According to a series of recent reports, the Cubs may not have the wherewithal (for whatever reason) to add a marquee name like Bryce Harper or Manny Machado. With those restrictions in place, Chicago might be seeking a lower-cost free-agent option to boost their flagging offense.
The player who seems to have gotten the most attention to this point is Andrew McCutchen, who has been linked to the Cubs by MLB Trade Rumors and others. But there’s another available hitter who might present an even more attractive option: Michael Brantley.
Brantley has played his whole career with the Indians and has now hit the open market at age 31. An examination of the sweet-swinging outfielder’s career stats show he might be exactly the kind of bat the Cubs need.
The lefty batter’s best asset is his hit tool, marked by a .295 career batting average. He is also a very good contact hitter (10.7% career K rate) whose highest season strikeout total was a mere 76 in 2011, a season in which he only played 114 games. His walk totals (7.8%) are not as good as Ben Zobrist’s, but otherwise he profiles a very similar batter.
Power hasn’t been a hallmark for Brantley, although he has slugged over .450 three of his last five seasons. He is more of a gap hitter than a home run threat, including back-to-back 45-double seasons in 2014 and ’15. Last season was one of his most productive from a power perspective with 36 doubles and 17 homers.
The obvious issue with the corner outfielder is health. A surgery on his right shoulder at the end of the 2015 season delayed the start of his following campaign. His 2016 comeback lasted only 11 games before he needed a second surgery on the shoulder that cost him the rest of the season. Brantley returned to the lineup in May of 2017, playing in only 90 games before an ankle injury ended his year early.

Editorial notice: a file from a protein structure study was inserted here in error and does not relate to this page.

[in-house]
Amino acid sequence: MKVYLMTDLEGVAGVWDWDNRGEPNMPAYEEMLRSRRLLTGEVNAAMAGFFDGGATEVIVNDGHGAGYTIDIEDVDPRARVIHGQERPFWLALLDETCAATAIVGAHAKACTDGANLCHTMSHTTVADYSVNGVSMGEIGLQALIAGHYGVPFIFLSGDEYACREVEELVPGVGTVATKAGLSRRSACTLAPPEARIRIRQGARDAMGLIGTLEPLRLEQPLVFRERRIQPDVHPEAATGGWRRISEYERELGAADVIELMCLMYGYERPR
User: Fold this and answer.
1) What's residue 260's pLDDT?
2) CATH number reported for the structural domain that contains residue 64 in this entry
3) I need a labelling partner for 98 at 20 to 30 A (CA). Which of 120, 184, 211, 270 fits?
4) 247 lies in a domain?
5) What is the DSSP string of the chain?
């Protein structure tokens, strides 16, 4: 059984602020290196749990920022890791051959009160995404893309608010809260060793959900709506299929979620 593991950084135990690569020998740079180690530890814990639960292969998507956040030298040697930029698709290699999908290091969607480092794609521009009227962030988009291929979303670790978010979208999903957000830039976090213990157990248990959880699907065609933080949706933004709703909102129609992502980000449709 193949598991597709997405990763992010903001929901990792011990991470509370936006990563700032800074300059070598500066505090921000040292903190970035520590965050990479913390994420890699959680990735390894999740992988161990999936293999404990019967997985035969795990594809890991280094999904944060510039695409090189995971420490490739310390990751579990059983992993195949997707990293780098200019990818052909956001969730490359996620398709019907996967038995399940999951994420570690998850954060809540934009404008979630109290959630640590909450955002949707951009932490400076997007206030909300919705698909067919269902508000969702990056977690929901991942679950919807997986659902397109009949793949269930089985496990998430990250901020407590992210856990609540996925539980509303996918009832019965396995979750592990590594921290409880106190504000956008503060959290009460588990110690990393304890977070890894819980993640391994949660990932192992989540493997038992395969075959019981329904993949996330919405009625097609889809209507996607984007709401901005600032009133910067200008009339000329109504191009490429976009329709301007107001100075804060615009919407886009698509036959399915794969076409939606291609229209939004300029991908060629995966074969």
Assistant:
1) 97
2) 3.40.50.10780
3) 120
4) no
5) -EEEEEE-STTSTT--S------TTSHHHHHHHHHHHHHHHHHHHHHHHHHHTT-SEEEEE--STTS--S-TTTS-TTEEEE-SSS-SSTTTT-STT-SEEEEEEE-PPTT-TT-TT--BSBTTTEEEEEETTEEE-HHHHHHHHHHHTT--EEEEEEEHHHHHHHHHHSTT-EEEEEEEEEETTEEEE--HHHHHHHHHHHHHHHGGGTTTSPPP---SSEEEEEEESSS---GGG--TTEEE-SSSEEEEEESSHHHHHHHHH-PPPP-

The shoulder and ankle appeared healthy in 2018 and Brantley’s numbers returned to their pre-injury levels as he logged 631 plate appearances over 143 games. The Braves are said to have money to spend this offseason and MLBTR predicted Brantley to Atlanta on the same three-year, $45 million deal McCutchen was expected to get, so it’s not as though we’re talking bargain-bin shopping here.
But for a Cubs lineup that lacked consistency and fell into a roster-wide slump in September and October, Brantley would provide a stable bat. He has flourished as a two-hole hitter for the Tribe, a spot Chicago has had a tough time getting production from. A contact hitter in a lineup still prone to the strikeout would certainly help smooth out any offensive rough patches.
If the Cubs are looking a good hitter at a lower price, they could do a lot worse than Michael Brantley.